# How to find voltage and current in the given circuit?

I need to find voltage V(ab) and current i(0) in the circuit. The task should be solved by mesh-current analysis.

So,What did I try?

Let's notice that there are 3 meshes. It means , using KVL , I can write 3 equations and find current. My equations are following:

$$20x+20(x-y)+30(x-z)=80$$ $$20(y-x)+20y+30(y-z)=80$$ $$30(z-x)+30z+30(z-y)=0$$

$$where\quad x,y,z \quad are \quad currents$$

After this , I can find z(that is current of right mesh) from systems of equations. And I suppose that z is the i(0). And to find V(ab) , I have to multiply 30 to z. Is my solution right? If not, how to solve this problem?

• Why not do as you say in your questions, come up with answers and then plug them back into the circuit to see if they are right? May 11, 2017 at 17:37
• Yes, I think you have it laid out. Took me only a few seconds to work out which currents were x, y, and z in your equations but I had made the right assumptions and so matched your results right away. Using symmetry I can ignore the shared $20\:\Omega$ resistor between the two supplies, yielding Thevenin of $48\:\textrm{V}$ and $12\:\Omega$ on each side. This means $\frac{48\: \textrm{V}+48 \: \textrm{V}}{12 \: \Omega+30\:\Omega+12\: \Omega}=1 \frac{7}{9}\: \textrm{A}$ as the result.
– jonk
May 11, 2017 at 21:10

I have tried to solve this circuit in the general case, without knowing the values for the various resistances. Just for the fun of it of course. I have applied the Extra-Element Theorem (EET, see https://en.wikipedia.org/wiki/Extra_element_theorem) with one limit though, $$\V_1=V_2\$$. I have used the following labels:

The first thing is to select the extra-element, the one that bothers you or would make the analysis simpler if it were either open-circuited or replaced by a short. Here, I adopted $$\R_2\$$ as the extra element that I will remove (open-circuit it) from the network. I will then calculate the voltage $$\V_{ab}\$$ without it. This becomes my reference voltage, $$\V_{ref}\$$ and the final voltage applying the EET will be defined as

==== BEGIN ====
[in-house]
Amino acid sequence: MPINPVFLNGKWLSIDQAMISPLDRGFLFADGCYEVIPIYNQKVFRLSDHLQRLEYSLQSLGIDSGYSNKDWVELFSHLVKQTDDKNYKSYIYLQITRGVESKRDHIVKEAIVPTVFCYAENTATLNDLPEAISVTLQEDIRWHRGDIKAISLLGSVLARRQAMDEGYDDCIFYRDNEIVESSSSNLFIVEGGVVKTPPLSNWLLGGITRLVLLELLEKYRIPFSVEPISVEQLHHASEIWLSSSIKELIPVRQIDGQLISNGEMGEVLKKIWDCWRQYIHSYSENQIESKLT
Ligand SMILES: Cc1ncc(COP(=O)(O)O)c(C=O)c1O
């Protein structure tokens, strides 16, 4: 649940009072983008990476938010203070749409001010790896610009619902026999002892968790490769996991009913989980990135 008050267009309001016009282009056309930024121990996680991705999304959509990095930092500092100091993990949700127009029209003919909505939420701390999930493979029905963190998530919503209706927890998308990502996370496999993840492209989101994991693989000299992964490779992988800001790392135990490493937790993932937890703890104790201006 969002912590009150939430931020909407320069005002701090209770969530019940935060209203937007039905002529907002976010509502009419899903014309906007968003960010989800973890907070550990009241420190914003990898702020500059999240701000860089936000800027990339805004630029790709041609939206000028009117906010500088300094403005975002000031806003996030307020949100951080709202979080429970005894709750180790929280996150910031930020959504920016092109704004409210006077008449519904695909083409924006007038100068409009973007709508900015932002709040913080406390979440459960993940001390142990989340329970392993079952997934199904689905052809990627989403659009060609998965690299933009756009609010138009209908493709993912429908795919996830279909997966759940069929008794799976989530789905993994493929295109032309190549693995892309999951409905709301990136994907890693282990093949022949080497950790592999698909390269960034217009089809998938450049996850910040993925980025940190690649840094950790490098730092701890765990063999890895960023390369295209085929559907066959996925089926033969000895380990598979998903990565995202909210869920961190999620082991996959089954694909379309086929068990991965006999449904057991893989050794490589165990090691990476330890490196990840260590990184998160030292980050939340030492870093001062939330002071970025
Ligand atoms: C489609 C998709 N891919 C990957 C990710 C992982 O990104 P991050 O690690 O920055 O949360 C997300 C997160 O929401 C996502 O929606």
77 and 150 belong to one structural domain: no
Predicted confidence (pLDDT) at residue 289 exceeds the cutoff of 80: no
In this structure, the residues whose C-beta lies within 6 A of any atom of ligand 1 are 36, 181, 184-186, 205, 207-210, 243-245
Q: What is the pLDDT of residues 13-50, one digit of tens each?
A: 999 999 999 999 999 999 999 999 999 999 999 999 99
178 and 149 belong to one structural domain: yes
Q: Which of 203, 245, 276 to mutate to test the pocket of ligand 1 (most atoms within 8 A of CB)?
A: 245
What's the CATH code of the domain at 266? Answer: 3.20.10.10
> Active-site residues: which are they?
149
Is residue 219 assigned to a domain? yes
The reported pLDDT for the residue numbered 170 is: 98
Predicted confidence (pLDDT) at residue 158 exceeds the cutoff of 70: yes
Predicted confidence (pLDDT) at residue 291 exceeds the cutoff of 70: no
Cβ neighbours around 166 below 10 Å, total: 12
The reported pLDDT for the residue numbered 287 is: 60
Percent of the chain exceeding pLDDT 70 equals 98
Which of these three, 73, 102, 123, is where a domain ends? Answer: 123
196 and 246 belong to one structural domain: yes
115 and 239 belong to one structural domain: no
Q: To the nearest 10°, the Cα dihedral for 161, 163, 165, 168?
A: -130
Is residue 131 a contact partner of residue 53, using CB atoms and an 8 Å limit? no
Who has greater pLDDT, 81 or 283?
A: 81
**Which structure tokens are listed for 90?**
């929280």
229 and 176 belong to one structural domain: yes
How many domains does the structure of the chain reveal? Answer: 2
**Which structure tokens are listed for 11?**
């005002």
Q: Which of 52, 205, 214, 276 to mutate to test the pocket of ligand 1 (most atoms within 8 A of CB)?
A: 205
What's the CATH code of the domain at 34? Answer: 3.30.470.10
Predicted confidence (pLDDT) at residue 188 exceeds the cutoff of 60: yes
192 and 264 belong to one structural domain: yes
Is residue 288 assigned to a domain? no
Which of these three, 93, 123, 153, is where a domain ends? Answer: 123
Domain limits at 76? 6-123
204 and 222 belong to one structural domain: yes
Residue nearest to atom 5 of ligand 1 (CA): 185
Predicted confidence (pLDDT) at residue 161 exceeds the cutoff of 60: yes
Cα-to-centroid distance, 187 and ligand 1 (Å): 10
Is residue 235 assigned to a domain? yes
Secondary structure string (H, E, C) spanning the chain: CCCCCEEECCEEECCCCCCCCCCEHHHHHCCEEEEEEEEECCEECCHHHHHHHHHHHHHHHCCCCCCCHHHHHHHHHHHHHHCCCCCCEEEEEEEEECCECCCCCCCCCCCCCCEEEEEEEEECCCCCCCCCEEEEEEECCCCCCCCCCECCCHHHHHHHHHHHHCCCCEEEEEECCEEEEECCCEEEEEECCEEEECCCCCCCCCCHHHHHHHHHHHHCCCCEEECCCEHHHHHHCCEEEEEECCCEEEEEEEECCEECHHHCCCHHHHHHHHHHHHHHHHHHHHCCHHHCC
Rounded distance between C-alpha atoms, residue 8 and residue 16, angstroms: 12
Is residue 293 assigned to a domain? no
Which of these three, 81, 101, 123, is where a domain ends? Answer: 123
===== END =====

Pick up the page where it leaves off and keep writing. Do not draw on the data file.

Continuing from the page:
$$\V_{ab}=V_{ref}\frac{1+\frac{R_n}{R_2}}{1+\frac{R_d}{R_2}}\$$

If calculate $$\V_{ref}\$$ using superposition, you have

$$\V_{ref}=V_1\frac{R_6}{R_6+R_5+R_4||(R_1+R_3)}(1+\frac{R_1+R_3}{R_1+R_3+R_4})\$$

The second thing is to reduce the excitation voltage to 0 V, meaning you replace both sources $$\V_1\$$ and $$\V_2\$$ by a short circuit. Then, you look at the resistance offered by $$\R_2\$$'s terminals, again, locally applying the EET with $$\R_6\$$ as the extra element in this sub-circuit.

You should find

$$\R_d=(R_5+R_1||(R_3+R_4))\frac{1+\frac{R_3||((R_5||R_1)+R_4)}{R_6}}{1+\frac{R_5+R_4||(R_1+R_3)}{R_6}}\$$

The last part is to find the resistance offered by $$\R_2\$$'s terminals when the response $$\V_{ab}\$$ is a null, implying that $$\V_a=V_b\$$. The last sketch is here

You install a test current source $$\I_T\$$ which delivers across its terminals a voltage $$\V_T\$$. $$\\frac{V_T}{I_T}\$$ is the resistance you want. If you solve that circuit correctly, then you have

$$\R_n=\frac{R_3(2R_1+R_5)}{2(R_1+R_3)+R_4}\$$

The voltage across terminals $$\a\$$ and $$\b\$$ is finally defined as:

$$\V_{ab}=V_1\frac{R_6}{R_6+R_5+R_4||(R_1+R_3)}(1+\frac{R_1+R_3}{R_1+R_3+R_4})\frac{1+\frac{\frac{R_3(2R_1+R_5)}{2(R_1+R_3)+R_4}}{R_2}}{1+\frac{(R_5+R_1||(R_3+R_4))\frac{1+\frac{R_3||((R_5||R_1)+R_4)}{R_6}}{1+\frac{R_5+R_4||(R_1+R_3)}{R_6}}}{R_2}}\$$

This is a quite ugly result and it assumes that both sources are equal to form 1 single injection when nulling the response. The calculation sheet is here

while the Mathcad using the numerical values of the original sketch gives $$\V_{ab}=53.333\;V\$$ and $$\I=1.777\;A\$$

which is the result elegantly found by jonk yesterday. I am not sure in this case the EET is the best approach, but the general expression was derived almost by inspection, except for the $$\R_n\$$ part which required some efforts. The EET is part of the Fast Analytical Circuits Techniques (FACTs - my book) that allow you to derive transfer functions quickly and obtain results in a low-entropy format. You can have a look at my 2016 APEC seminar to know more about the subject.

Yes, you are on the right track.

This network is also easy to solve by inspection, after noticing the symmetry. I found I0 in a few seconds with a calculator. You could compare answers from the two methods.

You can also take any set of answers and see if they are self-consistant. With Vab known, all other voltages are immediately know. You can use those and the resistances to see if your current calculations make sense.

• Downvoter, What exactly do you think is wrong, misleading, or badly written. Remember, directly giving answers to homework problems is frowned upon here, for good reason. May 17, 2017 at 11:01